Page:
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How To Survive A Breakup

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How To Survive A Breakup

What are you supposed to do now?

The person you counted on, the one you thought could be “the one,” just ditched you. You’re devastated, of course. Though you’ll admit you’ve had your ups and downs as a couple, you and he (or you and she) didn’t seem to get along any worse than other couples you know. Those relationships, however, continue on. Yours is history.

First, take a deep breath. You’re not the first person to be walked out on and you won’t be the last. Your beloved might be the first person to make you feel warm and happy (and now angry and sad) but there will be others to love. This is a blow, no doubt about it. But you’ll weather this blow and go on to other people, other happy days.

So get a grip, then take action. Here are some ways to do that.

  1. Get out of your room. You used to go places with your ex and now there’s no one to do things with. So you’ve got to make an effort. But getting out and hanging out with other people will cheer you up and remind you that fun still exists.
  2. Slap a smile on your face. There’s an old saying, “Living well is the best revenge.” Take that to heart. If word gets out to your ex that you’re moping around, all gloomy and depressed, you hand that person even more power over your life. So concentrate on having a good time. Let it seem like you’re doing just fine.
  3. When you see your ex or talk about him or her, be nice. This person meant a lot to you. There’s no need to trash those memories by being vindictive and ugly. Even if this person is now being ugly to you, be above it all. Some might believe the lies that are getting told but your friends won’t.
  4. Don’t do anything to trash your own reputation. Sometimes people who’ve been ditched react so badly that they make it easy to believe why someone would leave them. They stalk, they spread rumors, they ridicule their former sweetheart, and even publish private pictures. They act out their anger and humiliation but wind up making things worse – for themselves. Don’t be a loser.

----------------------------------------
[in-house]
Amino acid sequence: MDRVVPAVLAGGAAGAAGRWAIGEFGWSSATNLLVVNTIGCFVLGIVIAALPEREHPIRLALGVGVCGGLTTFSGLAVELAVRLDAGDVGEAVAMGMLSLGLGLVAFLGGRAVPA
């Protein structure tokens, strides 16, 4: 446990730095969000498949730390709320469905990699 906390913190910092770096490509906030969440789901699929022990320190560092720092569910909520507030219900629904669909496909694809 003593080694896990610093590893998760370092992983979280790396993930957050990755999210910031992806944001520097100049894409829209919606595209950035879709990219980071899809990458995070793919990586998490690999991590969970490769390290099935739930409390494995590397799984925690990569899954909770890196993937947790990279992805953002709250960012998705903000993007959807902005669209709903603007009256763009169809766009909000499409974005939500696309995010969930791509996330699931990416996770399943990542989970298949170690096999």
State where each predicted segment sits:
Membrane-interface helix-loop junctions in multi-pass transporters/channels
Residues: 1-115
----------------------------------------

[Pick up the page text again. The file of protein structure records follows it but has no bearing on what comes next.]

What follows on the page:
5. Don’t get hit by the rebound. The dark side of that “living well” saying is that sometimes people who’ve been ditched link up with the first living person they see, without thinking. They’re so used to having that connection and they’re so embarrassed to be left on their own or they’re so bent on making their ex jealous, that they fall into a relationship that turns out to be disastrous. Take your time. You don’t want to get entangled in something you’ll soon wish would end.

If you can’t manage, then get help. Talk to someone you trust and let them know if you feel you can’t cope with the breakup. Sometimes it takes another person’s perspective to get us back on track. There’s nothing wrong with that. It’s a sign of strength, not a sign of weakness, to ask for help when you need it.

But look forward. Take the long view. One of the tasks of being a teen is figuring out how to have a serious relationship. Most teens and young adults date lots of people before settling on one person. Figuring out how to get along with another human being takes practice. You have a long life ahead of you, with adventures and opportunities you can’t imagine right now. You’ll find other people and other people will find you. Trust the future.

Dr. Patricia Nan Anderson Dr. Patricia Anderson is a nationally acclaimed educational psychologist and the author of Parenting: A Field Guide. Dr. Anderson is on the Early Childhood faculty at Walden University and she is a Contributing Editor for Advantage4Parents. Learn more about Dr. Anderson at www.patricianananderson.com
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